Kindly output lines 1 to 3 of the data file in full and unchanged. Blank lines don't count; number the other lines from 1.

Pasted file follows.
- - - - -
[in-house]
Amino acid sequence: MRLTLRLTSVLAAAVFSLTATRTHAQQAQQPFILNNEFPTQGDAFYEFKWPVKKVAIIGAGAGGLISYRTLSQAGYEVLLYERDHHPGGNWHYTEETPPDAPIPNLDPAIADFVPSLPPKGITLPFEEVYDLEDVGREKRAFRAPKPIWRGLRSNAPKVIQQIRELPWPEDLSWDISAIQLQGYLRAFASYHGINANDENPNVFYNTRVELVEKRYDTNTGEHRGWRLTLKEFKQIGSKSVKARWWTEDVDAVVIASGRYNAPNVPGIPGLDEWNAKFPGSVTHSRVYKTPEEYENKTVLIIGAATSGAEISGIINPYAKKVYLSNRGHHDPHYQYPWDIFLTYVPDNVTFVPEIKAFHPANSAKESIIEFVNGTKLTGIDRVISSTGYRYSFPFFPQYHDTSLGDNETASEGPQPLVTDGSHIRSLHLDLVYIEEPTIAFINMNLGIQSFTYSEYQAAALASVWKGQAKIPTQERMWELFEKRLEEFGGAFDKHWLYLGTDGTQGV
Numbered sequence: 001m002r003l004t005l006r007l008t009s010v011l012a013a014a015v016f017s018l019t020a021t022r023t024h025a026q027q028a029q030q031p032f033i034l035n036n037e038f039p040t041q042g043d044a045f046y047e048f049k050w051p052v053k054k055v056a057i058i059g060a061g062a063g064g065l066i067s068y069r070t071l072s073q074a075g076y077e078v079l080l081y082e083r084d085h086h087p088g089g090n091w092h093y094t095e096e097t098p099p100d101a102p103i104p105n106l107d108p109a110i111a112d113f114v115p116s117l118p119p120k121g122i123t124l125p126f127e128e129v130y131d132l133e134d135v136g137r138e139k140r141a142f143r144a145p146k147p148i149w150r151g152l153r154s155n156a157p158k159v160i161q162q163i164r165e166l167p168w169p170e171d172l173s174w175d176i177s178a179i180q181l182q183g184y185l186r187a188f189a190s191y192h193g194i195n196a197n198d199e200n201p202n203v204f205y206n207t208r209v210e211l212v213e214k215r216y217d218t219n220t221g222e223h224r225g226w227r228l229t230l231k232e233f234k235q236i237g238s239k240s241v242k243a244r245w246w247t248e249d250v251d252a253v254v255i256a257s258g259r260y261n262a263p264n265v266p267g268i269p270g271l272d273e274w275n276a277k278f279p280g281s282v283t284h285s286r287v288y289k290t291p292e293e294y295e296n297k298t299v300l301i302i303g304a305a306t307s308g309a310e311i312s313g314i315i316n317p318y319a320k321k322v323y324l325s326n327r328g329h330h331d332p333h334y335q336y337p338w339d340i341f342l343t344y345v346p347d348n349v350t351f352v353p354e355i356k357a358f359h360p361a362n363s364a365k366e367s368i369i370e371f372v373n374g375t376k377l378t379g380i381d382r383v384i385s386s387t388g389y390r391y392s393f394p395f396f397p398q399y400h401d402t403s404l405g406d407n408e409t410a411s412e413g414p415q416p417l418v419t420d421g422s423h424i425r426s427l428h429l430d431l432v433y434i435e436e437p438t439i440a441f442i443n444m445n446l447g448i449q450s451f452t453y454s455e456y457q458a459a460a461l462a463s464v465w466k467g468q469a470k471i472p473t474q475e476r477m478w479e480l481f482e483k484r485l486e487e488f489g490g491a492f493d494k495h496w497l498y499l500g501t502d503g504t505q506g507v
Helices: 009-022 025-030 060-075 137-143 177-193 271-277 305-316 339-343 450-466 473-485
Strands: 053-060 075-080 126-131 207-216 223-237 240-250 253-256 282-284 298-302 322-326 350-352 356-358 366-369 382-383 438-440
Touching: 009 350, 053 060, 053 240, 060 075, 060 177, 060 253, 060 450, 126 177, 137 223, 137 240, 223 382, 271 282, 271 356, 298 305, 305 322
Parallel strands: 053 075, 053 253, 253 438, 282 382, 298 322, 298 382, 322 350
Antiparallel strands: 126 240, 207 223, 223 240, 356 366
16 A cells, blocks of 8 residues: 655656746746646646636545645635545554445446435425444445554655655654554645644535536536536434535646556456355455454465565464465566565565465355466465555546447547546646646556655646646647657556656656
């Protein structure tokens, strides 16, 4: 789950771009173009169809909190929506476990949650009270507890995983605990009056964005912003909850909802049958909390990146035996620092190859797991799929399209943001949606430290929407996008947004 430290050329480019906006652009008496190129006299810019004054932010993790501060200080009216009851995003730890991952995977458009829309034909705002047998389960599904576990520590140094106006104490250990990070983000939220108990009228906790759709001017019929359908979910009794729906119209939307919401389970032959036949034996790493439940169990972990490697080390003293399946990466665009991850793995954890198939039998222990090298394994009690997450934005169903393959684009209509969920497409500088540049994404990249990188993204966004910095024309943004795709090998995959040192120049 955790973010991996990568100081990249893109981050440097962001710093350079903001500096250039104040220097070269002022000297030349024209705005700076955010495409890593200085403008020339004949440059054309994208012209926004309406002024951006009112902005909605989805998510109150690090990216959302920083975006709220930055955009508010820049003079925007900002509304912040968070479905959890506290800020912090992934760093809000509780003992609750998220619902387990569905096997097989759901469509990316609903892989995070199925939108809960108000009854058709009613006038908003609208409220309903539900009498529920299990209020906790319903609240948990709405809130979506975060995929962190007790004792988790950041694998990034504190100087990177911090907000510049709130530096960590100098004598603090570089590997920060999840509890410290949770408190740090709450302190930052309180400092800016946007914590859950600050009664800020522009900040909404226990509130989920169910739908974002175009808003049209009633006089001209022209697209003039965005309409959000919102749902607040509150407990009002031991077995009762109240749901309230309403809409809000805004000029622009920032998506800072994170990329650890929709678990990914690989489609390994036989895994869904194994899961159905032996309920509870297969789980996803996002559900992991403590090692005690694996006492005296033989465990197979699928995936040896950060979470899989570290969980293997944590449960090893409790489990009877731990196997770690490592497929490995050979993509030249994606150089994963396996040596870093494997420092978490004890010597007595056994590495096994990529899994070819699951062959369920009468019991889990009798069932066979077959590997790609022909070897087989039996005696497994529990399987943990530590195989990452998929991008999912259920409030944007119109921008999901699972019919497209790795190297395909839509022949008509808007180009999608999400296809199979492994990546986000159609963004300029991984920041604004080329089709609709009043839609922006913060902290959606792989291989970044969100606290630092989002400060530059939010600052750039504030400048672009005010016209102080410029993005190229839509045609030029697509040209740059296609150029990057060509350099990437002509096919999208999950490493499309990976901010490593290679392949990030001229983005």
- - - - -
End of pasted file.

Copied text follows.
[in-house]
Amino acid sequence: MRLTLRLTSVLAAAVFSLTATRTHAQQAQQPFILNNEFPTQGDAFYEFKWPVKKVAIIGAGAGGLISYRTLSQAGYEVLLYERDHHPGGNWHYTEETPPDAPIPNLDPAIADFVPSLPPKGITLPFEEVYDLEDVGREKRAFRAPKPIWRGLRSNAPKVIQQIRELPWPEDLSWDISAIQLQGYLRAFASYHGINANDENPNVFYNTRVELVEKRYDTNTGEHRGWRLTLKEFKQIGSKSVKARWWTEDVDAVVIASGRYNAPNVPGIPGLDEWNAKFPGSVTHSRVYKTPEEYENKTVLIIGAATSGAEISGIINPYAKKVYLSNRGHHDPHYQYPWDIFLTYVPDNVTFVPEIKAFHPANSAKESIIEFVNGTKLTGIDRVISSTGYRYSFPFFPQYHDTSLGDNETASEGPQPLVTDGSHIRSLHLDLVYIEEPTIAFINMNLGIQSFTYSEYQAAALASVWKGQAKIPTQERMWELFEKRLEEFGGAFDKHWLYLGTDGTQGV
Numbered sequence: 001m002r003l004t005l006r007l008t009s010v011l012a013a014a015v016f017s018l019t020a021t022r023t024h025a026q027q028a029q030q031p032f033i034l035n036n037e038f039p040t041q042g043d044a045f046y047e048f049k050w051p052v053k054k055v056a057i058i059g060a061g062a063g064g065l066i067s068y069r070t071l072s073q074a075g076y077e078v079l080l081y082e083r084d085h086h087p088g089g090n091w092h093y094t095e096e097t098p099p100d101a102p103i104p105n106l107d108p109a110i111a112d113f114v115p116s117l118p119p120k121g122i123t124l125p126f127e128e129v130y131d132l133e134d135v136g137r138e139k140r141a142f143r144a145p146k147p148i149w150r151g152l153r154s155n156a157p158k159v160i161q162q163i164r165e166l167p168w169p170e171d172l173s174w175d176i177s178a179i180q181l182q183g184y185l186r187a188f189a190s191y192h193g194i195n196a197n198d199e200n201p202n203v204f205y206n207t208r209v210e211l212v213e214k215r216y217d218t219n220t221g222e223h224r225g226w227r228l229t230l231k232e233f234k235q236i237g238s239k240s241v242k243a244r245w246w247t248e249d250v251d252a253v254v255i256a257s258g259r260y261n262a263p264n265v266p267g268i269p270g271l272d273e274w275n276a277k278f279p280g281s282v283t284h285s286r287v288y289k290t291p292e293e294y295e296n297k298t299v300l301i302i303g304a305a306t307s308g309a310e311i312s313g314i315i316n317p318y319a320k321k322v323y324l325s326n327r328g329h330h331d332p333h334y335q336y337p338w339d340i341f342l343t344y345v346p347d348n349v350t351f352v353p354e355i356k357a358f359h360p361a362n363s364a365k366e367s368i369i370e371f372v373n374g375t376k377l378t379g380i381d382r383v384i385s386s387t388g389y390r391y392s393f394p395f396f397p398q399y400h401d402t403s404l405g406d407n408e409t410a411s412e413g414p415q416p417l418v419t420d421g422s423h424i425r426s427l428h429l430d431l432v433y434i435e436e437p438t439i440a441f442i443n444m445n446l447g448i449q450s451f452t453y454s455e456y457q458a459a460a461l462a463s464v465w466k467g468q469a470k471i472p473t474q475e476r477m478w479e480l481f482e483k484r485l486e487e488f489g490g491a492f493d494k495h496w497l498y499l500g501t502d503g504t505q506g507v